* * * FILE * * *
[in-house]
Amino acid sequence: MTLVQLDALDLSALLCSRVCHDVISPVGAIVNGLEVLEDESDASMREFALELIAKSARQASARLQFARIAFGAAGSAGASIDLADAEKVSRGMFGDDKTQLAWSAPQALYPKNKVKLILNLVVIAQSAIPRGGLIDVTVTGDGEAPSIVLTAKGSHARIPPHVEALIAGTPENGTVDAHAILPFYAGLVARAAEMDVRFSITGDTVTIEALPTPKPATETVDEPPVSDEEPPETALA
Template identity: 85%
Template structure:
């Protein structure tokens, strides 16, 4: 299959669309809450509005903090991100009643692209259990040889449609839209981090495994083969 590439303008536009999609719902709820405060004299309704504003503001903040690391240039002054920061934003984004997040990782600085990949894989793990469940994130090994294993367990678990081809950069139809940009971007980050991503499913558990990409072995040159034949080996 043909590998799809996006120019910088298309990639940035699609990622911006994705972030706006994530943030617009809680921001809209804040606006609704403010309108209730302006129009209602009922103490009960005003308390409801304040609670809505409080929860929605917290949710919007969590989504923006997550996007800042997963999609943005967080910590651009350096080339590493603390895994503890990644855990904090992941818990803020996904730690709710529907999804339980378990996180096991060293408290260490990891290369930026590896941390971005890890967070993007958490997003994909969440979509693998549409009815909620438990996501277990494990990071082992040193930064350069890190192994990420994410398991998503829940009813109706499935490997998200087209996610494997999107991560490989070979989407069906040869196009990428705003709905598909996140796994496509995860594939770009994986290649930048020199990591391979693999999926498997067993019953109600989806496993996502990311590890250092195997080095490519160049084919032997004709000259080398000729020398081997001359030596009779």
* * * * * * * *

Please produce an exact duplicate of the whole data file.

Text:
[in-house]
Amino acid sequence: MTLVQLDALDLSALLCSRVCHDVISPVGAIVNGLEVLEDESDASMREFALELIAKSARQASARLQFARIAFGAAGSAGASIDLADAEKVSRGMFGDDKTQLAWSAPQALYPKNKVKLILNLVVIAQSAIPRGGLIDVTVTGDGEAPSIVLTAKGSHARIPPHVEALIAGTPENGTVDAHAILPFYAGLVARAAEMDVRFSITGDTVTIEALPTPKPATETVDEPPVSDEEPPETALA
Template identity: 85%
Template structure:
């Protein structure tokens, strides 16, 4: 299959669309809450509005903090991100009643692209259990040889449609839209981090495994083969 590439303008536009999609719902709820405060004299309704504003503001903040690391240039002054920061934003984004997040990782600085990949894989793990469940994130090994294993367990678990081809950069139809940009971007980050991503499913558990990409072995040159034949080996 043909590998799809996006120019910088298309990639940035699609990622911006994705972030706006994530943030617009809680921001809209804040606006609704403010309108209730302006129009209602009922103490009960005003308390409801304040609670809505409080929860929605917290949710919007969590989504923006997550996007800042997963999609943005967080910590651009350096080339590493603390895994503890990644855990904090992941818990803020996904730690709710529907999804339980378990996180096991060293408290260490990891290369930026590896941390971005890890967070993007958490997003994909969440979509693998549409009815909620438990996501277990494990990071082992040193930064350069890190192994990420994410398991998503829940009813109706499935490997998200087209996610494997999107991560490989070979989407069906040869196009990428705003709905598909996140796994496509995860594939770009994986290649930048020199990591391979693999999926498997067993019953109600989806496993996502990311590890250092195997080095490519160049084919032997004709000259080398000729020398081997001359030596009779």